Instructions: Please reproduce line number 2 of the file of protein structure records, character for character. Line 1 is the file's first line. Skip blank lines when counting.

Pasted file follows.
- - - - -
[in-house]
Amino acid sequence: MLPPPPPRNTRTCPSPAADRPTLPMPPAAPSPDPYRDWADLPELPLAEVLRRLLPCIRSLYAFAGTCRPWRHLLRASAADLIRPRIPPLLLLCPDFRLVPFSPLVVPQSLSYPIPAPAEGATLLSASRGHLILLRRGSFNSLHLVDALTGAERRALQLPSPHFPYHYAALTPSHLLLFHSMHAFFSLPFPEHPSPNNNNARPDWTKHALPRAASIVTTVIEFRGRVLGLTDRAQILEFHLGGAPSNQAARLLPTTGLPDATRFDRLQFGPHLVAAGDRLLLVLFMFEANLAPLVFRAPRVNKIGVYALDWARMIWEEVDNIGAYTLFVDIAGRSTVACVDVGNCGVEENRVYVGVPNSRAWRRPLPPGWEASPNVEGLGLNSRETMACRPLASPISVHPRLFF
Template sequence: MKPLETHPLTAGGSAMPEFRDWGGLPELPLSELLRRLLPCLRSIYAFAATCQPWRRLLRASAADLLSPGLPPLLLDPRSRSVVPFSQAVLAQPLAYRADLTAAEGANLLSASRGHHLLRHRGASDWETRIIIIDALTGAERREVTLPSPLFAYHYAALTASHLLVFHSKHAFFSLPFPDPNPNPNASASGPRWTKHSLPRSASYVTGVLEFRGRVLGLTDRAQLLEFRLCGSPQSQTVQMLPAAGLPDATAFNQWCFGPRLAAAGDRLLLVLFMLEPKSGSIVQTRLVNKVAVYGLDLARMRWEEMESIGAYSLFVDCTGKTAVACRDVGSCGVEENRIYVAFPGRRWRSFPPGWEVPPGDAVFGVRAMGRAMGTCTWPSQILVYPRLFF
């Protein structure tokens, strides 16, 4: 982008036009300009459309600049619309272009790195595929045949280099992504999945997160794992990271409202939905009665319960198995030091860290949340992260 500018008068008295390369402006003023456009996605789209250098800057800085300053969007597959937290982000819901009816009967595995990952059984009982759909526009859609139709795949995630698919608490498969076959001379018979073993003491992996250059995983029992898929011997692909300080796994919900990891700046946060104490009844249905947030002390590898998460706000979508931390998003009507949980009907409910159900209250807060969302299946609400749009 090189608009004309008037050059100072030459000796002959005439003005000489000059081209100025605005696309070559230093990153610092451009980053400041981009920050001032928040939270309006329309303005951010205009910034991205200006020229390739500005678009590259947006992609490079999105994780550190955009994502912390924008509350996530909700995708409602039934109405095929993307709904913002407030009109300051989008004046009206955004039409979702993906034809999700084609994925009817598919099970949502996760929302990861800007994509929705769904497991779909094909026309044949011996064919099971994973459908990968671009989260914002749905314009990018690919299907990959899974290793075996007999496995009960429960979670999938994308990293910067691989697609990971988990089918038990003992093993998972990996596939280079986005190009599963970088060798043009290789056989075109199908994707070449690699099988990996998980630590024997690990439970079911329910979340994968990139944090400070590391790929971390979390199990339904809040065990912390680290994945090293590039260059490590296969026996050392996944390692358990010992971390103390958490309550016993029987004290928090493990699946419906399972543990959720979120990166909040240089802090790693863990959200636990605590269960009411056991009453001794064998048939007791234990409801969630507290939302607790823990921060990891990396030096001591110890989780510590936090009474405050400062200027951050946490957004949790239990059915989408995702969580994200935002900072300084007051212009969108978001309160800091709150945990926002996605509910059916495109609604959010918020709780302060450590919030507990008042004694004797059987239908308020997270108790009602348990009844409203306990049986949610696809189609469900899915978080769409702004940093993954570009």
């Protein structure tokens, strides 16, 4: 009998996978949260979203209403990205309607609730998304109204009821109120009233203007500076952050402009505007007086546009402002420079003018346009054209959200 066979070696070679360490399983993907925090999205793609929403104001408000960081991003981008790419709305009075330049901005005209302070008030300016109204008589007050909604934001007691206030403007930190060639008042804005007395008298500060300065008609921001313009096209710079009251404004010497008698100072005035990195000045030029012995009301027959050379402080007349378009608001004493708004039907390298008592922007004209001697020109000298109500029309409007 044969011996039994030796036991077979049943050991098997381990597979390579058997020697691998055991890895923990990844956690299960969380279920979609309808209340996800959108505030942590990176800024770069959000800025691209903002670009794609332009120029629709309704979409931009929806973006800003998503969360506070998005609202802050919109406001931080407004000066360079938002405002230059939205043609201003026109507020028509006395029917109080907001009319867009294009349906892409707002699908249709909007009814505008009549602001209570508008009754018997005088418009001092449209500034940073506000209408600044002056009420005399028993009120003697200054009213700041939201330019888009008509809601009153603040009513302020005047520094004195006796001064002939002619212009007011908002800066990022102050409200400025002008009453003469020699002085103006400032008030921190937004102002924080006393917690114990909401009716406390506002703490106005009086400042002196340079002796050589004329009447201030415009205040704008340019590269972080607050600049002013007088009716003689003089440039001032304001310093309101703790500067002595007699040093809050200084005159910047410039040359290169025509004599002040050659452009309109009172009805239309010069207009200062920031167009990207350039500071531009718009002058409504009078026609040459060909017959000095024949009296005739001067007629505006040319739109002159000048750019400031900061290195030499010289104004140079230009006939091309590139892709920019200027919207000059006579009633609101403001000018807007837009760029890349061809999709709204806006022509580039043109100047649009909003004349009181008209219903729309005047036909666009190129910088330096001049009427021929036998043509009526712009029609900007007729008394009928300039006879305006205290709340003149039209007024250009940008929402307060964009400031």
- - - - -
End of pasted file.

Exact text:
Amino acid sequence: MLPPPPPRNTRTCPSPAADRPTLPMPPAAPSPDPYRDWADLPELPLAEVLRRLLPCIRSLYAFAGTCRPWRHLLRASAADLIRPRIPPLLLLCPDFRLVPFSPLVVPQSLSYPIPAPAEGATLLSASRGHLILLRRGSFNSLHLVDALTGAERRALQLPSPHFPYHYAALTPSHLLLFHSMHAFFSLPFPEHPSPNNNNARPDWTKHALPRAASIVTTVIEFRGRVLGLTDRAQILEFHLGGAPSNQAARLLPTTGLPDATRFDRLQFGPHLVAAGDRLLLVLFMFEANLAPLVFRAPRVNKIGVYALDWARMIWEEVDNIGAYTLFVDIAGRSTVACVDVGNCGVEENRVYVGVPNSRAWRRPLPPGWEASPNVEGLGLNSRETMACRPLASPISVHPRLFF